What Is Distinctive about AMRIT Clinics?

Image of mother and baby in Manpur village
Mother and baby in Manpur village

In response to the challenge of delivering quality primary healthcare, where ensuring regular availability of skilled providers is difficult, alternate solutions — telemedicine and services through community health workers — have often been implemented. At the time of conceptualising AMRIT Clinics, we considered these but found them to have some inherent limitations.

Telemedicine Solutions:  This solution addresses the problem by having a remote physician consulting with the patients in such areas. Such a solution however does not address the need for managing emergencies, providing services such as safe birth, nor preventive and promotive services, such as immunization and ANC.

Training of Community Health Workers:  Community health workers, when adequately skilled and supervised, have been shown to improve specific health outcomes such as neonatal mortality. However, the healthcare needs of the families extend much beyond what community health workers can provide. So while CHWs can supplement the functional health services, they cannot substitute the same.

We believe that nurses, when adequately skilled and supported, can address the challenge of delivering high quality primary health care in such areas. They are professionally trained and skilled as opposed to CHWs, and are much more adaptable to live and work in underserved areas as compared to physicians. Intensive training, on-job support, and use of appropriate technology allows them to deliver high quality care.

AMRIT Clinic is a practice innovation that judiciously combines three distinct innovations — human resource innovations, partnership innovations, and technology innovations — to meet the need for low cost, high quality services for healthcare in remote, rural and underserved areas.

HR Innovation:  Most primary care systems rely on physicians or on community health volunteers. While physicians are rarely available to live and work in remote and rural areas, community health volunteers have limitations in their ability to function independently and in the range of services they can provide.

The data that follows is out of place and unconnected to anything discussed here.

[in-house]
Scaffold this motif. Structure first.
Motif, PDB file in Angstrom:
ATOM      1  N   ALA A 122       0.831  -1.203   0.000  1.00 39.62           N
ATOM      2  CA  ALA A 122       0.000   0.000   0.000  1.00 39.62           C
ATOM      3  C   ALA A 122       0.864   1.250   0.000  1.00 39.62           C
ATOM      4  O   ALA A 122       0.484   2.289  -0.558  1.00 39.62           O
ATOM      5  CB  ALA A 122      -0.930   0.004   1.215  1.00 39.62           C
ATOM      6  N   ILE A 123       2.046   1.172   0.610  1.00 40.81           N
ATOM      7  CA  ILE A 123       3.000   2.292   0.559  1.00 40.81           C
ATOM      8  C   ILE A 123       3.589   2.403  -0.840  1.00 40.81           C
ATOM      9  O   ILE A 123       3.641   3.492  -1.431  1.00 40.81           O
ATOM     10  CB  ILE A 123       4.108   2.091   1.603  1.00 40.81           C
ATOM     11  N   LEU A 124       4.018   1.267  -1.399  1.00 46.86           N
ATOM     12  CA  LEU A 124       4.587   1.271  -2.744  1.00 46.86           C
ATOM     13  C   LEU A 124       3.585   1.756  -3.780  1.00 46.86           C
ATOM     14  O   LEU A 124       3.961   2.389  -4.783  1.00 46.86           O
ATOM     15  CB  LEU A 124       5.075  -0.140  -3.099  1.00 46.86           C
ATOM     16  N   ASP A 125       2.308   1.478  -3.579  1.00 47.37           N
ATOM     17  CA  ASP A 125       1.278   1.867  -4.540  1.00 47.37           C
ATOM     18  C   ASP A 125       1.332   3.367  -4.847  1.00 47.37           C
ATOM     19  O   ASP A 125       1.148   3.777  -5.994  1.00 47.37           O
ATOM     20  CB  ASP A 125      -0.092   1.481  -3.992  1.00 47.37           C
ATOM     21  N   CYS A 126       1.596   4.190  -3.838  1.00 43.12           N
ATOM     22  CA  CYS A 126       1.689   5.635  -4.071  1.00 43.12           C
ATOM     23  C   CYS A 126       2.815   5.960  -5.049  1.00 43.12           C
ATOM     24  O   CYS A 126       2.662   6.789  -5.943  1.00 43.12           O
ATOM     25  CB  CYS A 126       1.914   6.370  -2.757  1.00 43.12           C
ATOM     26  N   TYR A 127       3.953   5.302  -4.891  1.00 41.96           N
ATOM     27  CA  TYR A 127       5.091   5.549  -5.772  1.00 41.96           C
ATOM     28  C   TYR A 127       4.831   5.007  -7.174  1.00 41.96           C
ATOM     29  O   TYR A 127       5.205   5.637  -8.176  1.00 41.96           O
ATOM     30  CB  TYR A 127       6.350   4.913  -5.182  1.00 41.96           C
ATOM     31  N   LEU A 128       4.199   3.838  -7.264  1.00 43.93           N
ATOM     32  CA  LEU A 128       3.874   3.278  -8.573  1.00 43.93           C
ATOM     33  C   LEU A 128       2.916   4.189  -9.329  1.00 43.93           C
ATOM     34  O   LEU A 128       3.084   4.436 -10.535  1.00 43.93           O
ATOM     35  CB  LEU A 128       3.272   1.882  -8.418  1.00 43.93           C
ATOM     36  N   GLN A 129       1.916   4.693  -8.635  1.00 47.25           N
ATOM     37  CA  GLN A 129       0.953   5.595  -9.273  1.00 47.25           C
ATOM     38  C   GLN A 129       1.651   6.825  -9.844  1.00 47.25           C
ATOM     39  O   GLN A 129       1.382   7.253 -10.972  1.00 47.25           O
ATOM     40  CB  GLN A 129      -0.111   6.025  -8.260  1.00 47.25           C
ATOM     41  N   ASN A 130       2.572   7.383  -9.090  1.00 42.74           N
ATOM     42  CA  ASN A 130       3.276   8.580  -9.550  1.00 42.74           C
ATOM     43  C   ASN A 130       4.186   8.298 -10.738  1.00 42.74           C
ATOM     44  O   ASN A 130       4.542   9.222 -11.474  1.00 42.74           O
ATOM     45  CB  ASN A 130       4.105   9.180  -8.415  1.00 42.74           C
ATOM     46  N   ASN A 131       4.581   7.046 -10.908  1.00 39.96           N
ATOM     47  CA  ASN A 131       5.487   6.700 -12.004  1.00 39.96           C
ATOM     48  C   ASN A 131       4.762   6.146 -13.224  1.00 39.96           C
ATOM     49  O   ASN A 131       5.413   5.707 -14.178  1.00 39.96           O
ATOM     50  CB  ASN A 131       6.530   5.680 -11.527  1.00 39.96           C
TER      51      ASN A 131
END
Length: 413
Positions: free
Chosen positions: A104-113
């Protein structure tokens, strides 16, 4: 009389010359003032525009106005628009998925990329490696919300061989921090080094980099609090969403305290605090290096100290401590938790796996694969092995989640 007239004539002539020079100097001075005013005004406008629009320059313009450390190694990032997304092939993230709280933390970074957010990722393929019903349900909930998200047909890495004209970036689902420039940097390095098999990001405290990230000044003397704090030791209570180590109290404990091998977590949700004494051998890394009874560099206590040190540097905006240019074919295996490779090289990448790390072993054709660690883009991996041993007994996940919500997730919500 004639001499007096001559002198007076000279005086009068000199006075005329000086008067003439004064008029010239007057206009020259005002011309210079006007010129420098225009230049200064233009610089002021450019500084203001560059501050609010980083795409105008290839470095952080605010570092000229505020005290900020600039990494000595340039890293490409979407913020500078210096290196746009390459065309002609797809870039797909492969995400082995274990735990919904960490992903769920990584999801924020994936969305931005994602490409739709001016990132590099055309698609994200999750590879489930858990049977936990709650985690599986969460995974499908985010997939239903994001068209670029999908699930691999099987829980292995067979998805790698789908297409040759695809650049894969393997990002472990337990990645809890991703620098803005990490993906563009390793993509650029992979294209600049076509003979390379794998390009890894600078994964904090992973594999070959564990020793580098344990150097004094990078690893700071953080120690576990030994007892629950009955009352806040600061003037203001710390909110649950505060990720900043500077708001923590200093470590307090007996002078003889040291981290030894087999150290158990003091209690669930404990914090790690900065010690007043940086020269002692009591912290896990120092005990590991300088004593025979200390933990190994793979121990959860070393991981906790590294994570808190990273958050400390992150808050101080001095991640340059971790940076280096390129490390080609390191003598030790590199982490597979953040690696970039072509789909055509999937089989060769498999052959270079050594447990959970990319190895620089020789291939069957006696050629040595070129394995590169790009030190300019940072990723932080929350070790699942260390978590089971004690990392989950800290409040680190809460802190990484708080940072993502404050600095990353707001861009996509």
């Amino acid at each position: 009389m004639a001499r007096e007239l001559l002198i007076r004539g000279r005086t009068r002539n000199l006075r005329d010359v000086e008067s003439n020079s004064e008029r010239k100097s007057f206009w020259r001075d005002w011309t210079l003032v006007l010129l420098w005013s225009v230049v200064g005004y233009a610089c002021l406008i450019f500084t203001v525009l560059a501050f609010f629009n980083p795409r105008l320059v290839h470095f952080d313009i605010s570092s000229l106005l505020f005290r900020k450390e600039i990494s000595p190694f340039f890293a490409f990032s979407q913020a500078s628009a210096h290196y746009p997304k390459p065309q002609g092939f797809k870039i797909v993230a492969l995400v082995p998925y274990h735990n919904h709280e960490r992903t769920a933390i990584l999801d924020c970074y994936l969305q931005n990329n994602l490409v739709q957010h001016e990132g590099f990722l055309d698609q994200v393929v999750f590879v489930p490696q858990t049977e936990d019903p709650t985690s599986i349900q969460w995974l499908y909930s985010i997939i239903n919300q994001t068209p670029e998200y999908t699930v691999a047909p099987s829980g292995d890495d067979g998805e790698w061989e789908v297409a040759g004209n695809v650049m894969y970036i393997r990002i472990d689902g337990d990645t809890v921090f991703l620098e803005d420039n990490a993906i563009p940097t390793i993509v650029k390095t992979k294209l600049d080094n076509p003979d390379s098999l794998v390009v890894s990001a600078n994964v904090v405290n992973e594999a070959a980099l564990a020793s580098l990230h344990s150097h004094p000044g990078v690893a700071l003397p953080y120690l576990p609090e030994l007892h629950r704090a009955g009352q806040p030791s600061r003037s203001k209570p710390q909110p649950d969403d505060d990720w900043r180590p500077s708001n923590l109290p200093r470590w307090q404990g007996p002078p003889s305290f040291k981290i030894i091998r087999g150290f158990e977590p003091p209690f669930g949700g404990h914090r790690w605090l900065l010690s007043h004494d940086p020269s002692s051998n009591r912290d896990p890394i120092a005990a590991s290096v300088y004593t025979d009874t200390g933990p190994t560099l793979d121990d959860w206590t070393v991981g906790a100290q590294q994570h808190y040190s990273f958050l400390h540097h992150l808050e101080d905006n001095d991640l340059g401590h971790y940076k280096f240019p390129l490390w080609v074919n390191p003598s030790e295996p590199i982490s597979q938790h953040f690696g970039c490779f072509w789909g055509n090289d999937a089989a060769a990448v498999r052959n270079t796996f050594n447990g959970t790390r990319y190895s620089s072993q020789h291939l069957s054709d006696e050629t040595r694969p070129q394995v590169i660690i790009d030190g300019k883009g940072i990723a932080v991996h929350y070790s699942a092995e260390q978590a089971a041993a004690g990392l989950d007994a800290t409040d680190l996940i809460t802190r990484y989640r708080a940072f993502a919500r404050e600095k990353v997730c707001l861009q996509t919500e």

In AMRIT Clinics, Skilled Nurses are the prime care providers and primary care managers. There is a downward integration with community volunteers and an upward integration with a Family Physician. Nurses are more available to work in remote areas, and they have the basic education and skills to provide primary curative care provided they are skilled and supported.

Partnership innovation:  Many primary care systems are not well utilized because of the weak linkages with higher levels of care. AMRIT Clinics forge social contracts with private hospitals to provide near free referral care. This has led to several lives saved, increased confidence of the families in primary care, and fulfilled social obligations of the private sector. The Clinics also forge contracts with the public system to enable targeting of health entitlements to families, such as for free diagnostics and conditional cash transfers.

Technology innovations:  Telemedicine and other technology based solutions often aim to substitute the presence of skilled providers. AMRIT Clinics use technology as an enabler to allow nurses to provide high quality care, rather than as substitutes. The Clinics use low cost, appropriate technology to ensure reduced needs for unnecessary referrals.

For example, mobiles and WhatsApp are used for sharing clinical information, photographs, and X-Rays and for seeking the advice of specialists; and newer rapid diagnostics are used for prompt detection and management of several illnesses, such as Malaria and Typhoid. The Clinics also use primary care MIS for efficient management and quality assurance of the services.

Image of health outreach worker
BHS community volunteer